He was crying into the phone. My friend, back in his hometown for a family funeral, had been swamped by harrowing memories of childhood.
“I hate this place,” he raged. “I don’t want to be here; I feel so alone.”
I was relieved. For the last year, I’d watched my clergy friend struggle with self-abuse and denial. He just wanted his feelings to go away; he just wanted to get better. He thought that if he prayed and worked hard enough, God would make it stop. He couldn’t hear that it doesn’t get better until you face it head on.
Which is why I have always been grateful for Mark 15:34.
When Jesus screams from the cross, “My God, my God, why have you forsaken me?” we are shocked. How could Jesus — God’s beloved son, who told us that whatever we asked, the Father will give — despair? If Jesus couldn’t trust in God’s presence, isn’t this the real scandal of the cross?
I’ve never felt that the worst of the crucifixion was physical suffering. Forgive me if this seems flippant, but many people have experienced greater pain and for longer periods. Jesus’ deepest agony, I’d argue, was abandonment. In the moment of his greatest suffering, his friends and family fled; the few remaining stood at a distance. The fawning crowd turned to a taunting mob. The soldiers ridiculed him; his fellow sufferers sneered. One small act of mercy — wine on a sponge — was withheld in hopes he’d perform a final miracle. Shamed, humiliated and forsaken, Jesus was so complete in his despair that he couldn’t even find his Father.
“My God, my God, why have you forsaken me?” Notice this: when Jesus cries out from the cross, he uses the words of his community — the opening line of Psalm 22 — to speak of alienation. Notice this: he uses the words of relationship — my God — to speak of non-relationship. In deepest abandonment, he clings to the language of connection. Yes, he feels forsaken; he will not pretend otherwise. But he also asserts his relationship with those who have rejected him. In the face of all evidence to the contrary, he says, “I belong to this human community. I belong to God.”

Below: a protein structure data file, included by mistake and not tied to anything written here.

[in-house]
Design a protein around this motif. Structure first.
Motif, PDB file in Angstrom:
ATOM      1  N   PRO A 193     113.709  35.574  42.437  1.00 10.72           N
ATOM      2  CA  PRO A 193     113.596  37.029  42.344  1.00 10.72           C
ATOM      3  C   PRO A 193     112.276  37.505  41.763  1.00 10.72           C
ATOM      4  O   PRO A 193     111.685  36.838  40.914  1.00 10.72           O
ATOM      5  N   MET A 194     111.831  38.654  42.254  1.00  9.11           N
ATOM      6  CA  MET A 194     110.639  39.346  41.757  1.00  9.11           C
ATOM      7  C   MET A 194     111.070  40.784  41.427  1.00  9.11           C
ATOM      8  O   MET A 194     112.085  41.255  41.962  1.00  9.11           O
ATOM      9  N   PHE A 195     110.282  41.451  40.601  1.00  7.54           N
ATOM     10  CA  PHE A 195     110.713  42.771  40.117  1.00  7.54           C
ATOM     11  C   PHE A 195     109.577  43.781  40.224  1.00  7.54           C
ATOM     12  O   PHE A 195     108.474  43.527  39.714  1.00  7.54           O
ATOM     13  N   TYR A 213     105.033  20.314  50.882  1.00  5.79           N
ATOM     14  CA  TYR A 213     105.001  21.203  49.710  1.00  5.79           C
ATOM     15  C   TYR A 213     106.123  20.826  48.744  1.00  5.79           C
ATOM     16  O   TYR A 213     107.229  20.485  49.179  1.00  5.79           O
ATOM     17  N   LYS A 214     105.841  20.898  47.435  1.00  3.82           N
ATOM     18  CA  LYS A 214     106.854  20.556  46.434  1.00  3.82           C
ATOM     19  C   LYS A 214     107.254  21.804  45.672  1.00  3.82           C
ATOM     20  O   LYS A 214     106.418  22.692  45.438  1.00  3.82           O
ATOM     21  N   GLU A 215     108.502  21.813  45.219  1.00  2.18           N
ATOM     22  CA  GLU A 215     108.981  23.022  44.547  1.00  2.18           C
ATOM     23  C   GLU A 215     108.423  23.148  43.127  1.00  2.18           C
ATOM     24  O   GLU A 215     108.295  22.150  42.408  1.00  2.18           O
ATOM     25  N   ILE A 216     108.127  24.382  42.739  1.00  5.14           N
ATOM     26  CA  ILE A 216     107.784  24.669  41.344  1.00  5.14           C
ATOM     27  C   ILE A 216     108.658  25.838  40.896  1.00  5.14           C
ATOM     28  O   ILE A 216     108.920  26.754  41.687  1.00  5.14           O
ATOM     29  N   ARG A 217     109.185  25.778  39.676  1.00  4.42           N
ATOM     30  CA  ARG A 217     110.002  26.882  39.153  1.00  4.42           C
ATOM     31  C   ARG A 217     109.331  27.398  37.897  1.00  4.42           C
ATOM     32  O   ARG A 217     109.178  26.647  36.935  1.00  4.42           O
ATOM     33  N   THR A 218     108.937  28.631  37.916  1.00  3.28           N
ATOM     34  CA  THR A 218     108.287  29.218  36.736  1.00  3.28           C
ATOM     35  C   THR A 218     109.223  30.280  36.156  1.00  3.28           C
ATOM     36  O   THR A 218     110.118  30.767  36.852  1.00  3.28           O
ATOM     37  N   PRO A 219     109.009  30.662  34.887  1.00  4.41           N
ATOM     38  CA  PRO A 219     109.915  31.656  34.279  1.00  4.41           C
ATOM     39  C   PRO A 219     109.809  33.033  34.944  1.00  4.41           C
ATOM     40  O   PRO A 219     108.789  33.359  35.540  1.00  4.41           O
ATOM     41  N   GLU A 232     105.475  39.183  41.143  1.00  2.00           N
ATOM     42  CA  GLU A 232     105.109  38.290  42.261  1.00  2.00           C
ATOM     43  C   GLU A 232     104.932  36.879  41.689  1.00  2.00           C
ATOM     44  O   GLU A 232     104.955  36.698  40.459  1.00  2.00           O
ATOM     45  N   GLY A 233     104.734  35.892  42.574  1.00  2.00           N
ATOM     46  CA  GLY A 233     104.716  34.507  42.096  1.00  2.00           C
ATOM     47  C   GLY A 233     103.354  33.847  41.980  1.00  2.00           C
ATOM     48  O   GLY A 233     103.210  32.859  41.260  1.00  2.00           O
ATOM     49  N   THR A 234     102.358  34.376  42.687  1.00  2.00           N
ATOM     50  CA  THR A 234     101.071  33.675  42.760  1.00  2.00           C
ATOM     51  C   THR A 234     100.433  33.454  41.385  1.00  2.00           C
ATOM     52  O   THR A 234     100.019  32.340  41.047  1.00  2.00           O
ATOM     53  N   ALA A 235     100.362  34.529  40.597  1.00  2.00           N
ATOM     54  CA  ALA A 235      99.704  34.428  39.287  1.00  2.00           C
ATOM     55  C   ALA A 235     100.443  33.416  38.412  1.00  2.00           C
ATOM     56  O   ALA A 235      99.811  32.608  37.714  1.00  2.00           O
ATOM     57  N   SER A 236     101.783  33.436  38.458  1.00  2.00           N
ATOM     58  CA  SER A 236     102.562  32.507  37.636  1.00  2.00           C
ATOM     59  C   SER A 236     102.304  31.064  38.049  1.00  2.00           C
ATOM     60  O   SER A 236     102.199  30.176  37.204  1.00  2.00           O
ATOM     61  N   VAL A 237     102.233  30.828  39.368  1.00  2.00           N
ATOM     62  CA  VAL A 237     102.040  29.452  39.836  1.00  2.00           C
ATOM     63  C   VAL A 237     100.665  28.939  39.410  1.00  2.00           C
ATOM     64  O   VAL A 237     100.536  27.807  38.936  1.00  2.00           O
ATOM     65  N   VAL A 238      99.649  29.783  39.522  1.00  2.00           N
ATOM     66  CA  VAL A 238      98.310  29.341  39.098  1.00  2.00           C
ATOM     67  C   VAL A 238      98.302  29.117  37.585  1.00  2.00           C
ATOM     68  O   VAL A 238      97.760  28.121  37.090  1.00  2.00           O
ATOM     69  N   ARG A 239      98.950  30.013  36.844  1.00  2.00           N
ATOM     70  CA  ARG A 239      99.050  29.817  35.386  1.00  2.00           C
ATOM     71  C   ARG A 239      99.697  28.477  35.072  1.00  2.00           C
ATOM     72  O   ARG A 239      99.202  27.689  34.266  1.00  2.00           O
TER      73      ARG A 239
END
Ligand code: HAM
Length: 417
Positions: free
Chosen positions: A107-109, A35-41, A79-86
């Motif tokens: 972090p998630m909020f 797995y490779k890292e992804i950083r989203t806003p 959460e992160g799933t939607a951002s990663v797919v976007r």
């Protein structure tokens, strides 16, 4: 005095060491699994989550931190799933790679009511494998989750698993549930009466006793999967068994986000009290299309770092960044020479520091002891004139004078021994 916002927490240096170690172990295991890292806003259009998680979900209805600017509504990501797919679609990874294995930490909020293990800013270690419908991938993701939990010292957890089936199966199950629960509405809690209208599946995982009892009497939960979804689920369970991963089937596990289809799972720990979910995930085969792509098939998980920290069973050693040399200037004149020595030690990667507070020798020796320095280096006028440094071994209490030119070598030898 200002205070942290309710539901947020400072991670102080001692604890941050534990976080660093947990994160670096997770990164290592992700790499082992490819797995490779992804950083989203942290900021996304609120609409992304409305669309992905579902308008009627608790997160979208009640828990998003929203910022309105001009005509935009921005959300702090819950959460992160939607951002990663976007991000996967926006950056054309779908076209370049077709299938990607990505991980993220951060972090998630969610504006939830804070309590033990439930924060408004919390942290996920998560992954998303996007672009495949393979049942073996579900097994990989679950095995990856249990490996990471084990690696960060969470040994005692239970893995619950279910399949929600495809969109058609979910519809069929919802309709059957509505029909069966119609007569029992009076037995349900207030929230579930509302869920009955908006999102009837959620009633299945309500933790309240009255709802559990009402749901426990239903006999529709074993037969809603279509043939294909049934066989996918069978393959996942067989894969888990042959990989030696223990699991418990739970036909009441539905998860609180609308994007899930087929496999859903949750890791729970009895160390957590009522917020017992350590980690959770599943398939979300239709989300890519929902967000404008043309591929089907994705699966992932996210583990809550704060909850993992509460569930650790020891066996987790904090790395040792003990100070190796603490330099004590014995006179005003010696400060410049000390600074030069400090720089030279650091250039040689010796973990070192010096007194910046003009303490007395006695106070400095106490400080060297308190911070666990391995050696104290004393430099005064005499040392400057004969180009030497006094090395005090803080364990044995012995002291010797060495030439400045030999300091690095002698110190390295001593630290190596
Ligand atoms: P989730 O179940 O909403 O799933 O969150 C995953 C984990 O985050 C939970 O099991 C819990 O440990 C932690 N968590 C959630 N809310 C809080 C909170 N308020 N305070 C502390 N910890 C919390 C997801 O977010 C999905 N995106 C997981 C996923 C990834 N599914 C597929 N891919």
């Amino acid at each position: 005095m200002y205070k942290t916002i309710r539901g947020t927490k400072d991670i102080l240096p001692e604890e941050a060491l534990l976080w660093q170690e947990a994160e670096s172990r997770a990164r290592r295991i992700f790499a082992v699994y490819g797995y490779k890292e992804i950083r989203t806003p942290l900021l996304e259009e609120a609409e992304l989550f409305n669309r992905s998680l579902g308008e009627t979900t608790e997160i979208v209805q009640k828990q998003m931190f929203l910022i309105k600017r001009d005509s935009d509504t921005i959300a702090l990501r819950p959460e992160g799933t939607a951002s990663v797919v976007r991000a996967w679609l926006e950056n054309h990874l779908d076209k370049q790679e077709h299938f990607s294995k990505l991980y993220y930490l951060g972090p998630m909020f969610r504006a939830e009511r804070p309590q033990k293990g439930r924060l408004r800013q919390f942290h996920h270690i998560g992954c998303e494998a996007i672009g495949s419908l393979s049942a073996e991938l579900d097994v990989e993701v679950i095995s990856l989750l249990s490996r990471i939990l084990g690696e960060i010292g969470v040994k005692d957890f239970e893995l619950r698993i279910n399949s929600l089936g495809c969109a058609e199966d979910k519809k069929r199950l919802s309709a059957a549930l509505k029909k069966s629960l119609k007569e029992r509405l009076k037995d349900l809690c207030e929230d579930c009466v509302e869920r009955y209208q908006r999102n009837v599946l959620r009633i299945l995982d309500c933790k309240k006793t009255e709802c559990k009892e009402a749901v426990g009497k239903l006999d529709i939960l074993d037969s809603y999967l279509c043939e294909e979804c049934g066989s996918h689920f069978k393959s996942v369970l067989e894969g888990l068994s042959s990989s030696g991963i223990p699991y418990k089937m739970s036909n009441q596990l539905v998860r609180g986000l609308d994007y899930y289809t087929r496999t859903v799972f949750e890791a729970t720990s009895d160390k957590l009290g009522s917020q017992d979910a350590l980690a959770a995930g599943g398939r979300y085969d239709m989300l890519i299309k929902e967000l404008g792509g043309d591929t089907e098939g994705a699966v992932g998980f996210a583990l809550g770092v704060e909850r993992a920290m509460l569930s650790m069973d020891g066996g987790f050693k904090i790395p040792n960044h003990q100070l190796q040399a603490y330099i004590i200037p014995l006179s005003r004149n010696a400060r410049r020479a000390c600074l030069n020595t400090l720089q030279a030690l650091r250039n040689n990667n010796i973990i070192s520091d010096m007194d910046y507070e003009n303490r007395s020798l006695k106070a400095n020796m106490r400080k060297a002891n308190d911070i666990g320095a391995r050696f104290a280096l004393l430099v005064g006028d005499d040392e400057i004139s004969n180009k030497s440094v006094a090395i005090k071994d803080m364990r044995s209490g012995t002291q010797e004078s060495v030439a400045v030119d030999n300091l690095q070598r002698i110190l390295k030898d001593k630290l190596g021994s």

To be human is to fall, at least once in life, into the hole of despair. Somewhere along life’s path, the bottom drops out; the ground gives way as all that is dear and secure is ripped from our grasp. The cause could be the death of a child or a partner’s infidelity; the loss of our home or our work or our reputation; finding ourselves fighting a war or betraying a friend. No matter what the source, despair takes us to the place where no human fix can save us. Paradoxically, this can be a time of grace.
If we’re open, despair can teach us how to let God take over. When all the doors of human doing close, we can be freed from our desperate attempts to repair that which cannot be repaired. In surrender, we give God permission to open the doors of divine possibility. Behind these doors can be found the gifts of forgiveness, kinship with those who suffer and the fierce determination to live truthfully, however brief our lives.
When my friend cried, “I’m all alone,” he felt that way. But he was not all alone. I was there to hear him. I couldn’t fix his pain, but I did witness its truth. That evening marked the start of a new way of living for him: often distressing, sometimes lonely, usually authentic. It showed in his sermons, in his health and in a deepened realization that he had something to give those going through what he’d been through.
Jesus’ cry from the cross — and our own experience — should forever dispel the childish belief that Christian faith will protect us from the pain of being human. Relationship with the living God does not exempt us from life’s vagaries. In spite of our best efforts, those we love will suffer; we will find ourselves thoroughly broken; our lives will come apart; and we will feel despair.
The journey of mature faith has to include wrestling with this sense of Divine abandonment. It must also include seeing what God offers in that desolate spot: the freedom to place ourselves in community and the freedom to forgive God as well as our sisters and brothers.
“My God, my God, why have you forsaken me?” We do not hear the answer, but we see what happens: Jesus dies. And something else happens, too, so that his death is not the final answer. But let’s not rush past his suffering. Let’s learn what he knew: that the truth must be told, and that in the telling, the worst can be forgiven, the most broken can be healed, and — all evidence to the contrary — we are not alone.
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